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Trade growth and drive for efficiency tops agenda at Sea Asia

Leaders at today’s opening of Sea Asia 2015 have highlighted the need for shipping companies to drive greater operational efficiencies in order to capture trade growth opportunities and survive the short-term challenges of today’s environment.
Taking place in Singapore until Thursday 23 April, Sea Asia brings together leaders of the maritime and offshore industries to discuss, debate and analyse challenges and opportunities facing the sector.
Speaking at the opening ceremony, Minister for Transport and
Second Minister for Defence Mr Lui Tuck Yew said Asia is fast becoming the engine of global growth and that the maritime industry needs to be prepared.
“All signs suggest that Asia will drive global shipping in the coming years. Shipping patterns have shifted and will continue to move towards Asia. In 2014, Asia accounted for almost 80 per cent of global container throughput.

”Experts on the panel of the Sea Asia Global Forum agreed with Mr Lui and commented that growing economies present exciting opportunities for shipping and the broader maritime sector, particularly in Asia.
However, they added that with a number of challenges on the horizon, companies must operate as efficiently as they can to survive.

Managing Director Pacific International Lines Mr S.S Teo said: “The shipping industry is facing some short term pressure which means one has to be as efficient as they can.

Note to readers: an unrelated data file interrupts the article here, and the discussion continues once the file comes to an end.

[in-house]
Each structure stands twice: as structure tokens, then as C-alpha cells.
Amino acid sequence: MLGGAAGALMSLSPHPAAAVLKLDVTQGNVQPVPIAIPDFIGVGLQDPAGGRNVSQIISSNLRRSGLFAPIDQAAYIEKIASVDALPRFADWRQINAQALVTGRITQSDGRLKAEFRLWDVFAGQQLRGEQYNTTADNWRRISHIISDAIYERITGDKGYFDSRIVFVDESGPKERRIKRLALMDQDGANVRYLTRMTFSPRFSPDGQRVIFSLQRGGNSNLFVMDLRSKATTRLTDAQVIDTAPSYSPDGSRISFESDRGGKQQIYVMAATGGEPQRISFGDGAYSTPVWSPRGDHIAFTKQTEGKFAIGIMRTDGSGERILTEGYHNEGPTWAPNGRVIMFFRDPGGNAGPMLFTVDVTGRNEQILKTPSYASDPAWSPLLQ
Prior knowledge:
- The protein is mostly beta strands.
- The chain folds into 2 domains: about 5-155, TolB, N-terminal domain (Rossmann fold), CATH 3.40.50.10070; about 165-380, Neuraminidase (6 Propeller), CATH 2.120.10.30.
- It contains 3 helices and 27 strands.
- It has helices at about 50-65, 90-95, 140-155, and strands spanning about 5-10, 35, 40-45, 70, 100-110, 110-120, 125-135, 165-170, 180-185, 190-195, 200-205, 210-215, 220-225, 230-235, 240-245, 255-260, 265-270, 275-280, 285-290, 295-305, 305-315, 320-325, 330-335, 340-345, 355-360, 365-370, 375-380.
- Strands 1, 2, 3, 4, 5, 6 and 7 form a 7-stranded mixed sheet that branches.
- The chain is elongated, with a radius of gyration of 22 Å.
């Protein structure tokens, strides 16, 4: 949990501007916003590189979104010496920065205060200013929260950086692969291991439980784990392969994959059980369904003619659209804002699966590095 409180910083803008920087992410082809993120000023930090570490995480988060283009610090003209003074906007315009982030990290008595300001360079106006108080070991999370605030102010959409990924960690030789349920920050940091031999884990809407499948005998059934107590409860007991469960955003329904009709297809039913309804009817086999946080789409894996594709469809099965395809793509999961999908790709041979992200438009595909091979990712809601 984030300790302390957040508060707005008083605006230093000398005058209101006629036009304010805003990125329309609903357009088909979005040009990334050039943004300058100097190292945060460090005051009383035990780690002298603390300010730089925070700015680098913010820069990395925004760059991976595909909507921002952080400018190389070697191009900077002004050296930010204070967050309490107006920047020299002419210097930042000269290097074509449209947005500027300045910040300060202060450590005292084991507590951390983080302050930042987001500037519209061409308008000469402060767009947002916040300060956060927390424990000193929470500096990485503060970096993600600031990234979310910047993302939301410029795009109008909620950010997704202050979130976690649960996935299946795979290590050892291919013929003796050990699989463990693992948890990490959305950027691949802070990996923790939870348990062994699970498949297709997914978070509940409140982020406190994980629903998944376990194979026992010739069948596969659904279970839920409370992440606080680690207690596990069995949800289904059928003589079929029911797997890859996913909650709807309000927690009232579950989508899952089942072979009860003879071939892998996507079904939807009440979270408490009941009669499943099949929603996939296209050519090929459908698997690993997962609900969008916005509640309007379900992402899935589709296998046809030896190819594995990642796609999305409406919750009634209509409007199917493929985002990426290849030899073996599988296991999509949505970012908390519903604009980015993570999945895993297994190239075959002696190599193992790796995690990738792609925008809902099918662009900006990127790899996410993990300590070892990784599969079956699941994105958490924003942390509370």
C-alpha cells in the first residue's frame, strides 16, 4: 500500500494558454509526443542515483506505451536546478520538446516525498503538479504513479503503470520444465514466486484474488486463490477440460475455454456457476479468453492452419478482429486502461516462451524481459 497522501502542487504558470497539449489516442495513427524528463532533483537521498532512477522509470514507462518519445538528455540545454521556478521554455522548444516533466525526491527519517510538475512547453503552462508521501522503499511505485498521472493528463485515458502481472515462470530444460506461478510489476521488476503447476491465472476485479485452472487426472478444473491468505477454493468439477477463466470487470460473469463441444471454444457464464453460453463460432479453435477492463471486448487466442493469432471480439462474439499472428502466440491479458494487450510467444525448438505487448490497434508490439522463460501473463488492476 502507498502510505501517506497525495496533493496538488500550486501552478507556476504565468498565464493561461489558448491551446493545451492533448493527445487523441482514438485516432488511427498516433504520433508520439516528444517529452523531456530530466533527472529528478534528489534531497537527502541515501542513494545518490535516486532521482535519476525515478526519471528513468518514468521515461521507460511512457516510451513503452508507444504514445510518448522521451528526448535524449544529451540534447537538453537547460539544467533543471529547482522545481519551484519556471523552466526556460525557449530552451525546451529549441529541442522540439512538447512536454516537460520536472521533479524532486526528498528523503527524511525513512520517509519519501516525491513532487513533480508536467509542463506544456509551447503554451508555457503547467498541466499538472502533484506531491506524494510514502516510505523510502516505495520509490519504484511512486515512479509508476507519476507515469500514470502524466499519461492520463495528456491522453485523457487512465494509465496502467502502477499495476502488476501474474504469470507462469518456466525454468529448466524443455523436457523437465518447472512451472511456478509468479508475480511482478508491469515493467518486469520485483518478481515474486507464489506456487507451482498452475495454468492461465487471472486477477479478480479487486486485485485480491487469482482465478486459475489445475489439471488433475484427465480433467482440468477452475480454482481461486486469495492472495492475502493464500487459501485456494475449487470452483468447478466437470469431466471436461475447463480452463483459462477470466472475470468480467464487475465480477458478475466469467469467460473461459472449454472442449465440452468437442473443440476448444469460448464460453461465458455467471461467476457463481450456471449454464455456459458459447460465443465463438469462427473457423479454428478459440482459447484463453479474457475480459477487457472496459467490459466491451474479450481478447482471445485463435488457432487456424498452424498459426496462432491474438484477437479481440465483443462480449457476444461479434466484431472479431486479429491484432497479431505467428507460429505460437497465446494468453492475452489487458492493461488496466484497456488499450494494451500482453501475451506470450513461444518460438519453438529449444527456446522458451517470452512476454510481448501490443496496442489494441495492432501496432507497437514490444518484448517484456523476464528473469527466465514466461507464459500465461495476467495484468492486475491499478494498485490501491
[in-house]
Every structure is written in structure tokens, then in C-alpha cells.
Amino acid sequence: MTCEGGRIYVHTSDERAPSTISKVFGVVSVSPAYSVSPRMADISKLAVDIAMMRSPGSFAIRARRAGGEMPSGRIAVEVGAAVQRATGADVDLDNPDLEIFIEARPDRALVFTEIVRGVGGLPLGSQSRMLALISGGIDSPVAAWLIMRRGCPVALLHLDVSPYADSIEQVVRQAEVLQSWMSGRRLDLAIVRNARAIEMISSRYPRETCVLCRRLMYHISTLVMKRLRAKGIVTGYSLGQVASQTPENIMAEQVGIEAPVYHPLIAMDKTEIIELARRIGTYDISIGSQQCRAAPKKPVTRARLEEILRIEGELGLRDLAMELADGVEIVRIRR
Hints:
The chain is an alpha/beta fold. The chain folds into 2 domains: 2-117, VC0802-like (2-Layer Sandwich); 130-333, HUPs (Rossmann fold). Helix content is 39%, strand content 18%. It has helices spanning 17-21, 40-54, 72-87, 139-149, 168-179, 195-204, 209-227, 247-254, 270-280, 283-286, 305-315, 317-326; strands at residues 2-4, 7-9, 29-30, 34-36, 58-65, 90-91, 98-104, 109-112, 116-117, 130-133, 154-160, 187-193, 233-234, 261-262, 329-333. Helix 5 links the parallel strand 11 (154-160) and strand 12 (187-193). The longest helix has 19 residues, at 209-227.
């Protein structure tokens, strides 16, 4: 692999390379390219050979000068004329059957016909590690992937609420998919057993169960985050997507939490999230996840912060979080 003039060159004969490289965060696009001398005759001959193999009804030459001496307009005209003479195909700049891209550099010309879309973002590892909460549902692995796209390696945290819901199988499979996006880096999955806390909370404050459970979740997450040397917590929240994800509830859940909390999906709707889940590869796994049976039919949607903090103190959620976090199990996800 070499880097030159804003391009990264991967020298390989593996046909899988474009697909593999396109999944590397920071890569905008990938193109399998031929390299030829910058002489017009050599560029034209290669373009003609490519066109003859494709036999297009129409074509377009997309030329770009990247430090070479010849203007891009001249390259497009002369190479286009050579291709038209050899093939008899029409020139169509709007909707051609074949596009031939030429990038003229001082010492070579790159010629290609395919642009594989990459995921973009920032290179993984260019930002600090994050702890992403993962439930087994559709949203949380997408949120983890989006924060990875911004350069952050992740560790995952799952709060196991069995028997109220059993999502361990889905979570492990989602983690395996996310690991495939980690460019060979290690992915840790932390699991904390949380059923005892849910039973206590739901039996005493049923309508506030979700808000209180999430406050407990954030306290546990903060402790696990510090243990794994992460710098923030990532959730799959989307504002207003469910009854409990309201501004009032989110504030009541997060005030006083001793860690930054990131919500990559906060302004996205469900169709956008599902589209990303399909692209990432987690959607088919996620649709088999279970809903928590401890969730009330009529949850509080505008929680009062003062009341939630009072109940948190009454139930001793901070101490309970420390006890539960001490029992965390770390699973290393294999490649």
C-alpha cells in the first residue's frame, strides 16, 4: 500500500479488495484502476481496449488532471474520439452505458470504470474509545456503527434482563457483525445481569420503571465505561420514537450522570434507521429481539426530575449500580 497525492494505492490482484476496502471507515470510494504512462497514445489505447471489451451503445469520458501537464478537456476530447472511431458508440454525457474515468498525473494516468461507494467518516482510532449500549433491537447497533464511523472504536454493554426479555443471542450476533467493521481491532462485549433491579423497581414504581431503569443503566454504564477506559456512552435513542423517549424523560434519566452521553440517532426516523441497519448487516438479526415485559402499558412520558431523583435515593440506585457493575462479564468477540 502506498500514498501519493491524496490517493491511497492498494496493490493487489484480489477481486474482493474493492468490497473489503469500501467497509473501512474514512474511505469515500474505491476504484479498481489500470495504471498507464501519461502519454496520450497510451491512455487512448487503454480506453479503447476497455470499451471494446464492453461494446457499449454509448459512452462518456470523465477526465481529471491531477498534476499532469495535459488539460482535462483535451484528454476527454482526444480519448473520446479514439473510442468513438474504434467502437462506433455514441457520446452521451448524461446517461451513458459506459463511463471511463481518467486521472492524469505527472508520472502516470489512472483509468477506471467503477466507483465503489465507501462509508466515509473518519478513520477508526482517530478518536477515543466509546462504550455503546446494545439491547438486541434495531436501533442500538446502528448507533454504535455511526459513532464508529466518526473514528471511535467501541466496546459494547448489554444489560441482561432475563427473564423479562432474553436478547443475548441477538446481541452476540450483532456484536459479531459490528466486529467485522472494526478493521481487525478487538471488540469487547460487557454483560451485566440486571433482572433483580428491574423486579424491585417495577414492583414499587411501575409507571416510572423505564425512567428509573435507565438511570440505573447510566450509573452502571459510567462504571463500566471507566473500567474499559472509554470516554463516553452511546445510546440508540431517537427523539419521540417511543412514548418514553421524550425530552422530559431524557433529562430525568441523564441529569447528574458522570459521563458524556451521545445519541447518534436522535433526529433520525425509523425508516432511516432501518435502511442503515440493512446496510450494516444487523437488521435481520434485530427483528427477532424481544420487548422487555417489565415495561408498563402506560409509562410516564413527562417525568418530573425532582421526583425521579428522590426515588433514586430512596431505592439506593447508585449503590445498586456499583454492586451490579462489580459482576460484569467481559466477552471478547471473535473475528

“It’s not just about the size, it’s also about how you well you run your services with most efficient ships using technology and IT,” he said.

Precious Shipping Ltd Managing Director Mr Khalid Hashim agreed, saying: “It’s a question of survival over the next few years and to do this companies need to take action now to drive down costs and improve efficiencies.
“They need to scrap, get rid of any non-core assets and raise finance to survive the current challenges that the industry is facing.
Overcapacity is one of the short-term challenges which is being compounded by softening demand in key markets, said Mr Hashim.
“China’s steel production was flat last year while demand for coal dropped 40 per cent. These trends are bad news for the dry bulk shipping market which transports these key commodities.”
The Sea Asia Global Forum panellists commented that while the industry is facing challenges, they are optimistic for the future.

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